A stunning report following an investigation of the Obama era Health and Human Services Department and how they dealt with unaccompanied minors when there were too many to keep them in the facilities at the border, has brought to light a number of cases that truly seem like the people at HHS were handing the kids off to human trafficking sorts.
Without enough beds to house the record numbers of young arrivals, the U.S. Department of Health and Human Services lowered its safety standards during border surges in the last three years to swiftly move children out of government shelters and into sponsors’ homes. The procedures were increasingly relaxed as the number of young migrants rose in response to spiraling gang and drug violence in Honduras, Guatemala and El Salvador, according to emails, agency memos and operations manuals obtained by AP, some under the Freedom of Information Act.
First, the government stopped fingerprinting most adults seeking to claim the children. In April 2014, the agency stopped requiring original copies of birth certificates to prove most sponsors’ identities. The next month, it decided not to complete forms that request sponsors’ personal and identifying information before sending many of the children to sponsors’ homes. Then, it eliminated FBI criminal history checks for many sponsors.
Building on this horrifying information, the Senate Permanent Subcommittee on Investigations discovered cases outlined in a New York Magazine article. A dozen children were given to an egg farmer in Ohio and were forced to work in slave-like conditions was one case described. There are suspicions of children ending up in the hands of child molesters as well.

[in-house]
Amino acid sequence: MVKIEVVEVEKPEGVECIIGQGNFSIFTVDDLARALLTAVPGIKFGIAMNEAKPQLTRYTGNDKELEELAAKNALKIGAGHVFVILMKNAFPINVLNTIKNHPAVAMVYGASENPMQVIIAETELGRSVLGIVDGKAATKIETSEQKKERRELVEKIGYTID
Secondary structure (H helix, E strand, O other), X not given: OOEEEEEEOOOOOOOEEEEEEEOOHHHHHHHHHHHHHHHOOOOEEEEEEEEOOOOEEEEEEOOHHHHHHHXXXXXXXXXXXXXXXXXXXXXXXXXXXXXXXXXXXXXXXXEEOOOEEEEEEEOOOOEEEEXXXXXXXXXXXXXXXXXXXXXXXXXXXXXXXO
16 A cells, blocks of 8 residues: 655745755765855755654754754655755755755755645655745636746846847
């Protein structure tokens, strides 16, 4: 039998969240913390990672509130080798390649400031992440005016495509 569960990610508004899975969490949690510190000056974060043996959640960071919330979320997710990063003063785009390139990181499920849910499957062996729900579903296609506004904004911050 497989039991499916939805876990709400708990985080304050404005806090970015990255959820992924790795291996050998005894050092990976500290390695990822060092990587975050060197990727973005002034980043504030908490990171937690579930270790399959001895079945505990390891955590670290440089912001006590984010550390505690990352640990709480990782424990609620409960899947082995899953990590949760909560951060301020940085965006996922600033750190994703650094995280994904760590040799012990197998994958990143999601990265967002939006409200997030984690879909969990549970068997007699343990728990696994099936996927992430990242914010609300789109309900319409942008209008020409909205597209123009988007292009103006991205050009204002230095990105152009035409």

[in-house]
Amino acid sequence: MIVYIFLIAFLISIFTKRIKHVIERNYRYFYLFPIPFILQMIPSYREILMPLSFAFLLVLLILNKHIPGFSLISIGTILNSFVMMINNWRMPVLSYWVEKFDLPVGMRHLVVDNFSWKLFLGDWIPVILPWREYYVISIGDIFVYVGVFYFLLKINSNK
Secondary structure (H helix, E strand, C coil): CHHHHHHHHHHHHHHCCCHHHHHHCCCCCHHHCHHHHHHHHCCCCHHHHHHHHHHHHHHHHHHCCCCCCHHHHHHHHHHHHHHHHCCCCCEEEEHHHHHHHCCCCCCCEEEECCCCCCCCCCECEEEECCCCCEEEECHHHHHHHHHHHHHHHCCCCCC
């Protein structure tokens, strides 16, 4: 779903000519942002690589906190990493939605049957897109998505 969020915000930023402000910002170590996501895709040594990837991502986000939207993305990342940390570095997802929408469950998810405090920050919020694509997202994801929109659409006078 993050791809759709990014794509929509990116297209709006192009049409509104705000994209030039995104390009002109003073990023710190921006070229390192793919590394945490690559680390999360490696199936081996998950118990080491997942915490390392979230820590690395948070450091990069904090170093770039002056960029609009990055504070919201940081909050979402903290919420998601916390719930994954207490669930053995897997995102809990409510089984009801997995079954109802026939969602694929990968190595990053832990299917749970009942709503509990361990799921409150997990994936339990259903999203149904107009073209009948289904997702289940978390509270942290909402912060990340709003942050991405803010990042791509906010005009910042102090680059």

The facts here are that tens of thousands (estimates hover around 90,000) of unaccompanied migrant children from Central and South America were absorbed into the United States with little or no record keeping. HHS did background checks on less than ten percent of the sponsors offering to house and care for these children. HHS claimed not to have the time or money to do this. However, that line item still had a positive balance at the time the investigations were being done.
Something is just not right here. And there are those in leadership who do want to get to the bottom of whatever was going on.
“It is intolerable that human trafficking — modern-day slavery — could occur in our own backyard,” Senator Rob Portman, Republican of Ohio and the chairman of the subcommittee, told the New York Times. “But what makes the Marion cases even more alarming is that a U.S. government agency was responsible for delivering some of the victims into the hands of their abusers.”
We’re with you, Senator.
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